Saturday, 9 February 2008

Kitchen Nightmare

As we meandered our way through the streets, enjoying the lull between the pub kick outs and the night club kick outs, the radio crackled into life, shattering the fragile peace.

"Bravo Xray 21 or any other Bravo Xray unit now, units to attend Johnson House, Hackett Street, abandoned phone call with sounds of a disturbance, on an 'I' grade."

An 'I' grade call is the top priority for calls in The Met.

I called up: "BX23 to your last," and two other units (amazingly) were also free and answered up for the shout.

I arrived on scene at the same time as one of the other units, and called our TOA (time of arrival) on the radio. As I climbed out I saw that the other unit was being driven by a good friend of mine, Sam. I winked at him as we parked up by his car, close enough to make him have to get out of the passenger door. All four of us walked to the block, a new build that I'd never been to in a nice part of the division, with controlled electronic access.

There was no answer to the door buzzer, but a neighbour let us in after we had hammered on her downstairs window for a while. As we entered the block, sounds of shouting drifted down the stairwell and I started to run, as did the boys with me.

What we should have done was got the lift.

As we wheezed up to the address on the fifth floor, a woman was standing outside. She seemed worried but not frantic, and the shouting had stopped. "Thanks for coming so quickly officers, Joe is inside and he's gone a bit funny again, I just need him out before he breaks something else. Or starts playing with the kitchen knives again."
We paused. Sam and I swapped a look. I decided to try what we like to call "investigating."
Area: "You say Joe has gone funny... What exactly does 'funny' mean?"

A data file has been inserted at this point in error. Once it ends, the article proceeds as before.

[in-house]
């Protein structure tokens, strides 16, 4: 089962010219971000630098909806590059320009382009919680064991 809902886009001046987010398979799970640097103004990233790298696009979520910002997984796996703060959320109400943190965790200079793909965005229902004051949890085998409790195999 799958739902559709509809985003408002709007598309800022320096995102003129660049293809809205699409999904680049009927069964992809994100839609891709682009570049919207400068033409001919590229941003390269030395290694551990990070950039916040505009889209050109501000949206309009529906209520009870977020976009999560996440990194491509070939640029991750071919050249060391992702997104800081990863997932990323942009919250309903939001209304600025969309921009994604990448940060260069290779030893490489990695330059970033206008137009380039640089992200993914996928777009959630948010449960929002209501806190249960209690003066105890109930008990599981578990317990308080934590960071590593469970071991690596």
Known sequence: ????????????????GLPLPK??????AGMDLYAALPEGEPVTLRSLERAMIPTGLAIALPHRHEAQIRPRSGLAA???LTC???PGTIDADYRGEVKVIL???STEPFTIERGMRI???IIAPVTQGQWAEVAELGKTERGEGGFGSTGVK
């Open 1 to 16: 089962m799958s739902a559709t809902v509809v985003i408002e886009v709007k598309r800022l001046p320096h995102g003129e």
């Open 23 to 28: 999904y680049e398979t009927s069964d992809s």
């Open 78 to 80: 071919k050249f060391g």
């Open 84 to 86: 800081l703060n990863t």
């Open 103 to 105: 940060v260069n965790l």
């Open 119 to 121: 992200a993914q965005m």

Strangely Calm Woman: "He sometimes gets little bad patches. That's all."
Area: "You said 'again.' What happened last time?"
SCW: "Well, the police were very understanding really, no one really got badly hurt."

There was a sound as Gary, twenty years old and with a hand on the door knob about to go in to the address let go of the handle as though it was hot, took a step back and buried his chin into his protective vest thoughtfully.

And then the shouting started again, punctuated with crashes from the house. It sounded like there were two very pissed off people having a major argument.

Area: (slowly) "Who else is in there?"
SCW: "No one. Just Joe."

Deep breath. Sam gripped the handle and opened the door to the address. "Brave man," I thought. Sam looked at me, and beckoned me forwards.
Sam: "After you."

Oh. Bugger.

Joe was naked. Bleeding from a scratch on his neck. Six foot two in height, slim build, bulging darting eyes. And stationary in the middle of the kitchen.

I thought back to the comment about kitchen knives. We fanned out around our side of the room, and I attempted some light conversation.
Area: "Er, Joe I presume? Watched the football today?"
Joe: (Breathing heavily) "No."
Area: "Ah, right, me too. Um, having a bad day today Joe? Would you like to see a doctor or talk to someone about it?"
Joe: "No."
Area: "Ok, fine, good." I searched the room frantically with my eyes for inspiration, and noticed a crucifix on the wall with a plaque beneath it.